Your most pressing style questions answered
What do I wear when the dress code is smart casual?
Pretty much anything smarter than a tracksuit, but less formal than a suit. An ideal answer is a blazer, white shirt, neat jeans, and brown loafers. The key is not to worry about being over dressed; few people who matter will worry that you looked too good.
At what age does it become embarrassing to wear jeans? I don't want to look as though I'm trying too hard.
It's not about age; it's about attitude and abdomen. Jeans, like all flat-front trousers, are unforgiving and uncomfortable if you're not relatively slim. If you're in shape and you pick the right pair there's no reason not to wear them until you pop off.
My weekends are spent in the park with the kids. What can I wear that will look good, but go into the washing machine at the end of the day?
Start with solid brown-leather brogues or boots with moulded rubber soles, then add jeans or narrow-cut moleskin trousers, a cotton shirt, a wool sweater and a waxed-cotton jacket (with a quilted lining). What's intentionally missing from this list is sportswear in manmade fabrics; set your children an example by holding out against fleeces and tracksuit tops.
I divide my time between country and town. Please suggest clothes that will be appropriate in both.
There isn't much that works as well in Hoxton as it does in Herefordshire, but the key is to find clothes you like that are irreproachable in both environments. Let the city decide the cut, rather than buying baggy country clothes, but choose colours and fabrics that work in the country - think tweeds, moleskins and cottons in gold, brown, red, green, and blue.
Can I wear a T-shirt under a jacket in the summer?
Of course, especially if your name is Sonny Crockett. Actually, it's a great bohemian look. London dandy and stylist William Gilchrist frequently wears a T-shirt under a soft double-breasted jacket and the effect is admirable.
My friends dress very casually and it would be odd to wear a jacket and tie when I see them, but I cannot bring myself to go out for dinner in a T-shirt and hooded sweater. Is there a halfway house?
Yes: slim chinos, desert boots, a colourful belt (either woven or in canvas), a button-down shirt, a fitted cotton jacket, and perhaps a knitted tie. It will be smart enough to set you apart, but casual enough for you not to feel odd.
I am newly single and I want to update my wardrobe. What should I be looking for and what should I avoid, with a female audience in mind?
Do not try to reinvent yourself, because it will probably be unconvincing. Instead concentrate on updating the classics for a fresh and contemporary look. Jeans, shoes, shirts and suits mustn't look outdated or worn out. Few girls notice the intricacies of how a man dresses, but they are likely to notice your watch and your shoes; either can be taken as an indication of your income bracket, so make sure you're happy to be judged on them. And it's obvious, but make sure you reload your underwear drawer.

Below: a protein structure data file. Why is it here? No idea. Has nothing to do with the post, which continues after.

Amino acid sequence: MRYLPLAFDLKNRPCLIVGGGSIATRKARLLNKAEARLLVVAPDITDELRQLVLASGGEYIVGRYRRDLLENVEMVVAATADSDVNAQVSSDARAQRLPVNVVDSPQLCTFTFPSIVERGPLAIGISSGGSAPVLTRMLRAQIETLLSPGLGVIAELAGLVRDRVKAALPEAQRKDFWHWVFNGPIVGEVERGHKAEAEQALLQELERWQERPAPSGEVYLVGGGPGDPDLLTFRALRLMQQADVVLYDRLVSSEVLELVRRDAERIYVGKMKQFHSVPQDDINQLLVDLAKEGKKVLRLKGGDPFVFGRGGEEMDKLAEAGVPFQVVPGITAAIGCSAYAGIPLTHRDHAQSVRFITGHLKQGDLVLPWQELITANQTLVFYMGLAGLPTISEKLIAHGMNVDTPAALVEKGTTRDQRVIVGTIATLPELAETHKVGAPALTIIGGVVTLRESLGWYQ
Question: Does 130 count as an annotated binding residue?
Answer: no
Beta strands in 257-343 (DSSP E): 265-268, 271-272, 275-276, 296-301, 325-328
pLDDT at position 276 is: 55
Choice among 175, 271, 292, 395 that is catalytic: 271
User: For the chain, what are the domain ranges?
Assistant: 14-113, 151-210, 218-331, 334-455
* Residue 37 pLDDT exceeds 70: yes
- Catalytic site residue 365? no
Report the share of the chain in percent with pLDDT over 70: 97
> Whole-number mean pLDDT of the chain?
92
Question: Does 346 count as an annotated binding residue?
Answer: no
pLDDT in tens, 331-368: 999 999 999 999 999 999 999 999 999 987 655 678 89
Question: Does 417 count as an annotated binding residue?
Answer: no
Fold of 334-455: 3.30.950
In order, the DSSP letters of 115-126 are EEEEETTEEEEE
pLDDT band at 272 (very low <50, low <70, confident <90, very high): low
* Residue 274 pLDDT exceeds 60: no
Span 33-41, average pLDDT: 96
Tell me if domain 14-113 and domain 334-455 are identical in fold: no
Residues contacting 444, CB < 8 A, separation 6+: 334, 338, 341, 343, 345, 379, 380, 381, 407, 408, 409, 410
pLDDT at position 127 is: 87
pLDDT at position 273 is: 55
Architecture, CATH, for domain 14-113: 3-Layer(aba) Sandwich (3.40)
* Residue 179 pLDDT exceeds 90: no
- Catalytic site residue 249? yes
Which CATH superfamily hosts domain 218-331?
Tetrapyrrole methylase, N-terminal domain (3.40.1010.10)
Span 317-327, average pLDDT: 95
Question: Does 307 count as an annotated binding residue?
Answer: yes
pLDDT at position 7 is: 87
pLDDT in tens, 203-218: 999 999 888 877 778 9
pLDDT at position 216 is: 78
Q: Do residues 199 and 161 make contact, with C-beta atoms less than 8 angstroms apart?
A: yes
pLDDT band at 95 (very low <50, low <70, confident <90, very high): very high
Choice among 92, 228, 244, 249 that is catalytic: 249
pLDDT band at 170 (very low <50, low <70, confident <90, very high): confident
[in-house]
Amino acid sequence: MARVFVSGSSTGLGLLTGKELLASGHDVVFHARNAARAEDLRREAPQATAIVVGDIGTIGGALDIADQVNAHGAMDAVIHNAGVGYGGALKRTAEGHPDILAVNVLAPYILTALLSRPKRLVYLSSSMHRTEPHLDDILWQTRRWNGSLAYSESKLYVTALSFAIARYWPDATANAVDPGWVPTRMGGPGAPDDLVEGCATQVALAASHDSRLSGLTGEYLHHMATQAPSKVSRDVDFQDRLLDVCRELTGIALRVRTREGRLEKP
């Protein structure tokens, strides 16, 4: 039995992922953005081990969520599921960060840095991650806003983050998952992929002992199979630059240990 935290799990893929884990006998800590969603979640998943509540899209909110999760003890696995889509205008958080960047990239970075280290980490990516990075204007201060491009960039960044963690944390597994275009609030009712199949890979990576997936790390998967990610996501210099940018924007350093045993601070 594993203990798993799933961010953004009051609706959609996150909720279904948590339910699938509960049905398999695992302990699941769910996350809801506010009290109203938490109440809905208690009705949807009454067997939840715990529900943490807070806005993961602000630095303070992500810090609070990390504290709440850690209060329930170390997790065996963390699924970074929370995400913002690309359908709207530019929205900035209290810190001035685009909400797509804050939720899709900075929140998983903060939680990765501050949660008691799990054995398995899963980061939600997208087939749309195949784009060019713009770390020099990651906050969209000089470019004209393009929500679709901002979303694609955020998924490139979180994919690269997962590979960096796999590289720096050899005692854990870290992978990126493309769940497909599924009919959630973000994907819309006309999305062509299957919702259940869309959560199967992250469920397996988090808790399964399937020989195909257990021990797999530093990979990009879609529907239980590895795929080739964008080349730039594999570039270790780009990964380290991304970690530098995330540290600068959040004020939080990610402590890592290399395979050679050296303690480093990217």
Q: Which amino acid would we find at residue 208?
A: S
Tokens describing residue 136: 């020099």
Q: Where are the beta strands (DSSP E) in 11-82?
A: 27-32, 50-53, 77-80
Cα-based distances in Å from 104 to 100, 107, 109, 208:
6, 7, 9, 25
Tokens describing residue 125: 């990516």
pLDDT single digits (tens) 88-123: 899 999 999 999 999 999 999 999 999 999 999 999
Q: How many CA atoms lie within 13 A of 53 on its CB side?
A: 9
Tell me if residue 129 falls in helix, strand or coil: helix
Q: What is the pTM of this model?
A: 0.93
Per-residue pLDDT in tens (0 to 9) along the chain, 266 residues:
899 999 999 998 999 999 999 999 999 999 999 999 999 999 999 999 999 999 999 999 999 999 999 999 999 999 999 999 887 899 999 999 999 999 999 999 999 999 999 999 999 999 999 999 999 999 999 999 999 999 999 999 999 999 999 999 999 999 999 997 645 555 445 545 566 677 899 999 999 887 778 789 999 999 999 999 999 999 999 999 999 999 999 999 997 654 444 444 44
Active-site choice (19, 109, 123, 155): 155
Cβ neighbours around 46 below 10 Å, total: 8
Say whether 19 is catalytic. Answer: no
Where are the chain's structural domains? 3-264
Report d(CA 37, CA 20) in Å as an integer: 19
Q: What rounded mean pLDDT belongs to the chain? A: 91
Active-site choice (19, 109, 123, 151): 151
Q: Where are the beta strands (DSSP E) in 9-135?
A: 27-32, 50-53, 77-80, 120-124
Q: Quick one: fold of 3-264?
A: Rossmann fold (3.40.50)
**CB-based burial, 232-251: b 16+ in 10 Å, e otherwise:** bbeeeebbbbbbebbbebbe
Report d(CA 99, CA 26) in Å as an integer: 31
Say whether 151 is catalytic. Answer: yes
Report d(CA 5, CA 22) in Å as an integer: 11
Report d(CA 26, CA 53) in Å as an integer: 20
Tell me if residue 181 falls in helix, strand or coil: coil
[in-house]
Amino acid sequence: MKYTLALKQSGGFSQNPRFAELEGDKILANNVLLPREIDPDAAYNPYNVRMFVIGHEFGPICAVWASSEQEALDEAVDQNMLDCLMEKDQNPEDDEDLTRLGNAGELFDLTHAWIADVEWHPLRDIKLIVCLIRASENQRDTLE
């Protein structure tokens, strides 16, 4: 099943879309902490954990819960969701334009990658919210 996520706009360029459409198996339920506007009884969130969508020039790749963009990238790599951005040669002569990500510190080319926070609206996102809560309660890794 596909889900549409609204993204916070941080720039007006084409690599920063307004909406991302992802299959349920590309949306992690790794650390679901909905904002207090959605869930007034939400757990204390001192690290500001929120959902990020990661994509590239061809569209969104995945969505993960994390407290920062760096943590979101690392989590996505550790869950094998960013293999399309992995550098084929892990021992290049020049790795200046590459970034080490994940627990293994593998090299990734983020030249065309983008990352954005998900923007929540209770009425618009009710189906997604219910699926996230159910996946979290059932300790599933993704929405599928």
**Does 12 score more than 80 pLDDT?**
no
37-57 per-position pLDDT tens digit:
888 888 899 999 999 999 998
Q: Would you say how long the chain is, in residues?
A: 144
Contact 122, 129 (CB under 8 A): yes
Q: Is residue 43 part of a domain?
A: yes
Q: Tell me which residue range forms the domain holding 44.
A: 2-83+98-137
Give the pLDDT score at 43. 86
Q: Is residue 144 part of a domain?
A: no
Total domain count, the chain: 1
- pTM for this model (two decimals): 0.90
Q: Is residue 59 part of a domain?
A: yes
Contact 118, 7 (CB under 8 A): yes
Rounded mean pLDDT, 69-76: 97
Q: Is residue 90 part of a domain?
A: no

Why do people wear really garish tweeds?
Because when men step out of the sartorial comfort zone (blue jeans, white shirt, navy blazer) they can easily mistake eye-catching for elegant; there's a big difference between being notably well dressed and merely notable. Compared to sober city colours, tweeds are already imposing, so there's little need to turn up the volume.
I can't work out what it is about Italian men that makes them look both stylish and relaxed. How can I steal a bit of their elegance?
First, let's remember that many Italian men want to dress like an idealised Englishman. Second, you're not alone - it was precisely this question that inspired The Sartorialist to start his blog. Extreme conservatism plays a major role: the men you admire have been dressing the same way for years or even decades, so you'll need a high boredom threshold. As a function of this, clothes are bought for the long haul, and are more likely to be better made to start with and then altered for the perfect fit. Beyond that it's about subtle colour combinations, which frequently involve brown, grey and navy, and immaculate presentation. As Charles Eames once said: 'The details are not the details. They make the design.'
Does it really matter what I wear? It is surely reasonable to expect the people I meet socially to judge me on my behaviour, and the people I meet professionally to judge me on my results, not my ability to buy the right shirt.
Mark Twain said: 'Clothes make the man. Naked people have little or no influence on society.' We can't improve on that.